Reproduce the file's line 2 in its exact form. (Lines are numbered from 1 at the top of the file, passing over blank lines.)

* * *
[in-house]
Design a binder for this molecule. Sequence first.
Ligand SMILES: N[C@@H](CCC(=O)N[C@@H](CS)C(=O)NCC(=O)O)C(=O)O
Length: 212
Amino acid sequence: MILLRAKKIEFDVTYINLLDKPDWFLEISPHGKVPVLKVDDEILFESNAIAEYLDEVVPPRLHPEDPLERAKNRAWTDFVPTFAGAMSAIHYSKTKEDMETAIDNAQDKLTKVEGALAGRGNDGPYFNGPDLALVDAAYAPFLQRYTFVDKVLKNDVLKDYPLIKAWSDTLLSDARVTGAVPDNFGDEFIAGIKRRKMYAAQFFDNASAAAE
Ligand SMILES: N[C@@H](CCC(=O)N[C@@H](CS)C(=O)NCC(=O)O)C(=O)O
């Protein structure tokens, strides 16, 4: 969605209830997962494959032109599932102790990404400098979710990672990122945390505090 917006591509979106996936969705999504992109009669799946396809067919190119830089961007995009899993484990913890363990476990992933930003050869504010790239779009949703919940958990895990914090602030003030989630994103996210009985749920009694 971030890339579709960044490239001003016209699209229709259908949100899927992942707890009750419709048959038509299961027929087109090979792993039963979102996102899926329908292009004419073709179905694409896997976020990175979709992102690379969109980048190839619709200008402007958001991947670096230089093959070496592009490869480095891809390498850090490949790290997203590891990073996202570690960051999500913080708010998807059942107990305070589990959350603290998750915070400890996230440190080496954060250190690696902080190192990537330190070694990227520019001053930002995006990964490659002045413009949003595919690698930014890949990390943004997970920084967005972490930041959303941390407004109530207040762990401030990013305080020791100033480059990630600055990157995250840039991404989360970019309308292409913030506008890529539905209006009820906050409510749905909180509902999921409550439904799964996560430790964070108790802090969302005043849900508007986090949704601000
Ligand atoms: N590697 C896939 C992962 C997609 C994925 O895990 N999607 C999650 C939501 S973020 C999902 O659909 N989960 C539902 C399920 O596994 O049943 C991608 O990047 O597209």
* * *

Design a binder for this molecule. Sequence first.